Fluery, Ovechkin, Crosby, Matthews, Hall, Kane, Stamkos, Tavares, McDavid, to name a few, have all been drafted first overall and made a huge impact on the league and for the clubs who originally snapped them up.
You will also now probably realise the team picking highly factors into how attractive a player is, the list below is designed to highlight who could be some of the key players from this year’s draft and future NHL stars, in no particular order .
Owen Power, D, University of Michigan (NCAA)
Fresh from playing with Canada at the IIHF Men’s World Championships, Power is a very intelligent and well-rounded defenceman.
His strengths lie in his understanding of the game and his transitional ability, his size also goes in his favour. He will likely need a little time for a few further improvements before he is really ready for NHL hockey though.
“A tower of ‘power’ from the backend that brings a blend of size, skill, and mobility to the ice on every shift. Effective at both ends of the rink [he] often separates attackers from the puck using his long reach combined with strong four-way mobility.” — Video scout Brandon Holmes
William Eklund, C, Djurgardens (SHL)
Eklund has been playing in the SHL and is probably one of the most NHL-ready players in this draft and as such likely to be a key selection this year. He has proven himself to be attuned to finding dangerous ice and is also comfortable working both ends of the ice.
“One of the most interesting prospects this year. He has so many different layers on the ice and can fit into multiple roles. Eklund can be the hard-working type or be a creative player and score goals and be a focal point offensively for his team.” — Regional scout Fredrik Haak
Luke Hughes, D, USNTDP (USHL)
You will likely recognise the name, Luke is the younger brother of Vancouver Canucks defenseman Quinn Hughes and New Jersey Devils forward Jack Hughes.
He comes from a strong hockey family which makes him one to watch, however Luke is a patient and poised, smooth skater in his own right.
“One of the best skaters in the entire draft class, Hughes has enormous potential as a high-end play-driving defenseman. Needs to improve his effectiveness on special teams.” — Head video scout Derek Neumeier.
Brandt Clarke, D, Barrie Colts (OHL)
Clarke is regarded by many key scouts as one of the hottest defensive prospects in this year’s draft.
He can handle a puck with creativity and is highly confident; probably stemming from his strong skating skills that assist his puck handling and transitional play. However Brandt is likely to need some time before being ready to make a substantial impact in the NHL.
“A shifty, creative and intelligent rover-style defender. He drives chances through his incredible transition skills, taking the blue line with speed and driving the puck deep into the offensive zone. Needs to improve his gap control and defensive positioning.” — Head Eastern scout Dylan Galloway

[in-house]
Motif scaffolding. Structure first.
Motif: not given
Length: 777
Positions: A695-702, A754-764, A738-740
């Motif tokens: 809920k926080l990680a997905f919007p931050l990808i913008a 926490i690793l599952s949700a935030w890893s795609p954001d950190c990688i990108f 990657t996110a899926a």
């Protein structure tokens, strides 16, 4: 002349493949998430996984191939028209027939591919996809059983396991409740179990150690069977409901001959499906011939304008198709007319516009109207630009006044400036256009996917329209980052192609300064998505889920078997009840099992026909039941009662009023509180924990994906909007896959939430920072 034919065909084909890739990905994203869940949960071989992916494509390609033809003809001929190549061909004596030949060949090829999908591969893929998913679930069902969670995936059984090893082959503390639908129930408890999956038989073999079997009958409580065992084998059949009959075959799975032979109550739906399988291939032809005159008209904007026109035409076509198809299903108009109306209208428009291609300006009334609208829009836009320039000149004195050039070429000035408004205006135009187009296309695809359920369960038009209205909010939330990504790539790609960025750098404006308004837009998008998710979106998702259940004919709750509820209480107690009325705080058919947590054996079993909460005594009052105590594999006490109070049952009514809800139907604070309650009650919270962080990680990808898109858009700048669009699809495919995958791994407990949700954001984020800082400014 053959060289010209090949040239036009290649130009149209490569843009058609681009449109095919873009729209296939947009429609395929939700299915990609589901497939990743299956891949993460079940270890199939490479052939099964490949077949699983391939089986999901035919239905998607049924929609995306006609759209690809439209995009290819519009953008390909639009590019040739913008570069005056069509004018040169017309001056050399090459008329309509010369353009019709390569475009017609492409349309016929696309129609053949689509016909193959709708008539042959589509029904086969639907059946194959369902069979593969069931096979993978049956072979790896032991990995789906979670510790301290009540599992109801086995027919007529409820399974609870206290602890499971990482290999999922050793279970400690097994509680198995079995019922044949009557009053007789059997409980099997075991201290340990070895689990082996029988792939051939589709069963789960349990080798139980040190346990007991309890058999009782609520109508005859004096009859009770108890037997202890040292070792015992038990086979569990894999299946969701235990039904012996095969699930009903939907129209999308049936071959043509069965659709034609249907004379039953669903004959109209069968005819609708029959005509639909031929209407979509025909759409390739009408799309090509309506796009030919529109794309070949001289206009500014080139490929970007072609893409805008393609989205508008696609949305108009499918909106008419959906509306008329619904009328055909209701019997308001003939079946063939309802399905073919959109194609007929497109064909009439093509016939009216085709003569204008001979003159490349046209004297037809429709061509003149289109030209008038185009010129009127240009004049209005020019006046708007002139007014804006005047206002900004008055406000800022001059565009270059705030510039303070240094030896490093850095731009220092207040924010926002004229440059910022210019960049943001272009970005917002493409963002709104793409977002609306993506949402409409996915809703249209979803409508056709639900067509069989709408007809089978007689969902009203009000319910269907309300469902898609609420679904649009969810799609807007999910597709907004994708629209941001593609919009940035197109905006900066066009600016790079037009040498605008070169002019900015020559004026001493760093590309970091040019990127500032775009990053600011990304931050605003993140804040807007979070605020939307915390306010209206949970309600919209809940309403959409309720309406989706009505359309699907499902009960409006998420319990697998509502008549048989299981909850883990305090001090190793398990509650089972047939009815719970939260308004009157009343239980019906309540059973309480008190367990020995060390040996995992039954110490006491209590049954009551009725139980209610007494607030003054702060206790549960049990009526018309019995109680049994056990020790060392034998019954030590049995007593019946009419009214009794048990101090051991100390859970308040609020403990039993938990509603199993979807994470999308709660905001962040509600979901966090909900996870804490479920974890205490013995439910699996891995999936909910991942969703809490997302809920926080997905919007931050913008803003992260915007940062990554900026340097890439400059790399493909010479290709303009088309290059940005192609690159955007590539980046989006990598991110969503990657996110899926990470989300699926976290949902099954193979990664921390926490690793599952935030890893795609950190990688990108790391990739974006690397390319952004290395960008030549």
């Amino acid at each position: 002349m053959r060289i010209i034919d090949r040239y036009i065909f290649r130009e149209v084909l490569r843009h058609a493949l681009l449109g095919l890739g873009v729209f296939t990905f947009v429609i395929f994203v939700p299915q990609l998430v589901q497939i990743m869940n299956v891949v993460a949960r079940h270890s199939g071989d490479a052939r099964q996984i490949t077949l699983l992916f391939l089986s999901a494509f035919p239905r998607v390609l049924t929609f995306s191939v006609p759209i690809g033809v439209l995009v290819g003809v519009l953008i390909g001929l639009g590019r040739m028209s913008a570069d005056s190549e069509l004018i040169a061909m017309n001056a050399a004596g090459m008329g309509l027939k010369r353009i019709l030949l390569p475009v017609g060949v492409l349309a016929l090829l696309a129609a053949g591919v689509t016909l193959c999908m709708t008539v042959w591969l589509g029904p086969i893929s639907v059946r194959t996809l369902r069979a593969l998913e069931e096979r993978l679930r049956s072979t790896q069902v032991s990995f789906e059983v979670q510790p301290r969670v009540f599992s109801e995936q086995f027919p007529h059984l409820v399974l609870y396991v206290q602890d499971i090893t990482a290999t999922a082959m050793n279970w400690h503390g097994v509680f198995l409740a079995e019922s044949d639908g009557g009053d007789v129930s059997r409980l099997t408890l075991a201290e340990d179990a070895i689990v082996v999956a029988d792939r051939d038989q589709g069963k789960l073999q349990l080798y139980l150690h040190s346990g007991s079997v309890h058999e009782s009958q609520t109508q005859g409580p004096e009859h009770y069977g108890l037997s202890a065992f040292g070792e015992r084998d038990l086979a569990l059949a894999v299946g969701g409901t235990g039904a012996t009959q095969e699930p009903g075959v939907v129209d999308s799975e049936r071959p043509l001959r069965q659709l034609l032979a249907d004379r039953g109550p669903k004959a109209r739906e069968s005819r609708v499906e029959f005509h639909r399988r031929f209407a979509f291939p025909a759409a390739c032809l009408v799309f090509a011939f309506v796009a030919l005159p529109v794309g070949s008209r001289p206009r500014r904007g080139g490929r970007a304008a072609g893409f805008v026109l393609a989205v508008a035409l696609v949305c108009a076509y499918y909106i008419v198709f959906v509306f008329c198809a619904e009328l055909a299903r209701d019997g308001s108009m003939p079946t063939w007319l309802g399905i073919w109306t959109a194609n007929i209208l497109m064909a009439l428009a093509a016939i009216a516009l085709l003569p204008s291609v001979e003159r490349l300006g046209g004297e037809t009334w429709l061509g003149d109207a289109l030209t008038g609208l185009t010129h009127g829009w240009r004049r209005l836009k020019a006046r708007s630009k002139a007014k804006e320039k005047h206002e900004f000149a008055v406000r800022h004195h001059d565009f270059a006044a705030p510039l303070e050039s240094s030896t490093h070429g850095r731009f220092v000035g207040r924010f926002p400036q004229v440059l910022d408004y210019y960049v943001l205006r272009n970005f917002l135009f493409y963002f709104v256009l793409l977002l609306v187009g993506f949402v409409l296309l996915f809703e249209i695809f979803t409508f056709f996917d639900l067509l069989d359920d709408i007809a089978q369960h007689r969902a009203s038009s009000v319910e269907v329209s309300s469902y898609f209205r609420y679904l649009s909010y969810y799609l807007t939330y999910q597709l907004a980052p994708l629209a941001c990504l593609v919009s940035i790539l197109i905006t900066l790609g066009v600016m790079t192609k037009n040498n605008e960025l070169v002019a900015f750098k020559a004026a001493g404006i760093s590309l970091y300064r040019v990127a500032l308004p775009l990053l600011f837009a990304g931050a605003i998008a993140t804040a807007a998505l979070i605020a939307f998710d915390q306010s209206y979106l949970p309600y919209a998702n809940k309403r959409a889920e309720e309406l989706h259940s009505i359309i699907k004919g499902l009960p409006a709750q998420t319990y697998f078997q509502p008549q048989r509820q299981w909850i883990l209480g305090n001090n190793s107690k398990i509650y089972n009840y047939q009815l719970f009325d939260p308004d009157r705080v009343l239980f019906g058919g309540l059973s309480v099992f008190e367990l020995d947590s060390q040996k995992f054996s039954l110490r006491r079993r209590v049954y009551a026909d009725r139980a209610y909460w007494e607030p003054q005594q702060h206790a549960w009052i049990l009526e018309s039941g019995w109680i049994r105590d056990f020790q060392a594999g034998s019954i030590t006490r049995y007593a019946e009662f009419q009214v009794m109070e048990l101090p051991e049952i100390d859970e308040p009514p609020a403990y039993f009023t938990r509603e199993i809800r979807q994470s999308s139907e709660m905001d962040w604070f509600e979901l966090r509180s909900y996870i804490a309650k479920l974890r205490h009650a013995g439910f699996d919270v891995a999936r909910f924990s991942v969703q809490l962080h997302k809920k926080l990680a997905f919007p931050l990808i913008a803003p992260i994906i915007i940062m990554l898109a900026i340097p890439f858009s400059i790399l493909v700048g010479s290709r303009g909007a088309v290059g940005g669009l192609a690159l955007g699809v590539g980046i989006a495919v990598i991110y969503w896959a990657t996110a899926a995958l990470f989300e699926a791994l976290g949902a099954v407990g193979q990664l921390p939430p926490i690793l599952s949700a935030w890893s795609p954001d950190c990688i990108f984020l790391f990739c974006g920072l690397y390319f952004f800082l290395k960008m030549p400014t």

Jesper Wallstedt, G, Lulea (SHL)
Wallstedt played 22 games in the SHL this previous season and has his head screwed on. His positional awareness is incredible, and he exhibits a balance of calm and collected but able to ramp it up when needed.
He could possibly use some work on his athleticism and reflexes to be upto NHL speed but he is sure to be a top netie in the coming years. Wallstedt is sure to attract attention and could be the first top-10 goalie draft since Carey Price was picked fifth in 2005.
“He’s a goalie with all the tools in his box. Great body size, well-positioned in the crease, excellent puck tracking, and overall good technique. Besides that, he is so calm and confident. A top goalie in a few years.” — Haak
Chaz Lucius, C, USNTDP (USHL)
Lucius is still somewhat of a wildcard having missed the initial part of the season with a knee injury that may still ring alarm bells for some prospective teams.
He is also weaker defensively, however he more than makes up for this with his offensive ability. His playmaking is constantly improving and he is easily one of the best all out goalscorers in the draft. With the right support he looks set to post big points in the coming years.
“A knee injury derailed the first half of his season and affected his skating at first, but his elite shot, puck skills, and offensive instincts allowed him to step in without missing a beat and scored at a goal-per-game rate the rest of the way.” — Regional scout Joseph Aleong
Mason McTavish, C, Peterborough Peters (OHL)
McTavish had a good showing at the Under-18 world championships, despite his age he shows himself to be a mature well-rounded player with good skating and a decent shot.
He also comes with size and strength on his side, he is six foot two and 207 lbs – he could slot in to playing almost immediately in the NHL.
“Solid and competitive, yet a highly-skilled power forward. He owns an accurate and powerful shot, and is capable of creating space for himself in the dangerous areas to be able to use it. Can combine size and creativity with the puck to create space for himself and teammates to be an effective playmaker as well.” — Galloway
Brennan Othmann, LW, Flint Firebirds (OHL)
Othmann has a stunning quick release wrist shot and just seems to know where to be, especially when it comes to hitting a one timer.
His skating skills still need a little work but he is growing in physicality and can most definitely be a nuisance applying pressure, forcing turnovers and being key in quick transitions. He may not be NHL ready but I am sure he will catch the eye of many teams.
“A very skilled agitator, Othmann plays a game that every coach loves. He is hard on the puck and competes in all three zones. An underrated playmaker with soft hands and a very quick, hard release, Othmann is a danger to score everytime he touches the puck.” — Death